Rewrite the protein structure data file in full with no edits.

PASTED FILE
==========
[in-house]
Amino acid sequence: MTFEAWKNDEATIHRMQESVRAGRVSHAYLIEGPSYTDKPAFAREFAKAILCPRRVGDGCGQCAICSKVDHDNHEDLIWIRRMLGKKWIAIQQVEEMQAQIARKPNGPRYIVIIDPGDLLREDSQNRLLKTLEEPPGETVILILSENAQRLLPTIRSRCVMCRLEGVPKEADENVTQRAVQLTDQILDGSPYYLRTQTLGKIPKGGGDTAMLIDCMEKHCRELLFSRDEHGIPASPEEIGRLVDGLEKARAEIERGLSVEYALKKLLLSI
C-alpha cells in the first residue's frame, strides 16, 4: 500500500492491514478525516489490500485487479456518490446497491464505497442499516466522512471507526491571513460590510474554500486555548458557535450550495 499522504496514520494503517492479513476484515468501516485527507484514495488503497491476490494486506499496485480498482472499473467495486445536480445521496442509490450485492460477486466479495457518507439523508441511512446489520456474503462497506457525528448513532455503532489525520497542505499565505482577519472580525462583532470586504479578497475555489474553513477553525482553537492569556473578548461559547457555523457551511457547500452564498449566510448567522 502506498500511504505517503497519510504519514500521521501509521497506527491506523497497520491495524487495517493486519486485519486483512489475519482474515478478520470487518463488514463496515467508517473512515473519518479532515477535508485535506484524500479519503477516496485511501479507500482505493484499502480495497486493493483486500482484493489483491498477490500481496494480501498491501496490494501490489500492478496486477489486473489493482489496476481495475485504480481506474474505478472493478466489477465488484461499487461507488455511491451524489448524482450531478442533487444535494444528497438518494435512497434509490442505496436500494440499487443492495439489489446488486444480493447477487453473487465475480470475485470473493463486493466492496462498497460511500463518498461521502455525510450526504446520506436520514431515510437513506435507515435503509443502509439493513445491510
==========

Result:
[in-house]
Amino acid sequence: MTFEAWKNDEATIHRMQESVRAGRVSHAYLIEGPSYTDKPAFAREFAKAILCPRRVGDGCGQCAICSKVDHDNHEDLIWIRRMLGKKWIAIQQVEEMQAQIARKPNGPRYIVIIDPGDLLREDSQNRLLKTLEEPPGETVILILSENAQRLLPTIRSRCVMCRLEGVPKEADENVTQRAVQLTDQILDGSPYYLRTQTLGKIPKGGGDTAMLIDCMEKHCRELLFSRDEHGIPASPEEIGRLVDGLEKARAEIERGLSVEYALKKLLLSI
C-alpha cells in the first residue's frame, strides 16, 4: 500500500492491514478525516489490500485487479456518490446497491464505497442499516466522512471507526491571513460590510474554500486555548458557535450550495 499522504496514520494503517492479513476484515468501516485527507484514495488503497491476490494486506499496485480498482472499473467495486445536480445521496442509490450485492460477486466479495457518507439523508441511512446489520456474503462497506457525528448513532455503532489525520497542505499565505482577519472580525462583532470586504479578497475555489474553513477553525482553537492569556473578548461559547457555523457551511457547500452564498449566510448567522 502506498500511504505517503497519510504519514500521521501509521497506527491506523497497520491495524487495517493486519486485519486483512489475519482474515478478520470487518463488514463496515467508517473512515473519518479532515477535508485535506484524500479519503477516496485511501479507500482505493484499502480495497486493493483486500482484493489483491498477490500481496494480501498491501496490494501490489500492478496486477489486473489493482489496476481495475485504480481506474474505478472493478466489477465488484461499487461507488455511491451524489448524482450531478442533487444535494444528497438518494435512497434509490442505496436500494440499487443492495439489489446488486444480493447477487453473487465475480470475485470473493463486493466492496462498497460511500463518498461521502455525510450526504446520506436520514431515510437513506435507515435503509443502509439493513445491510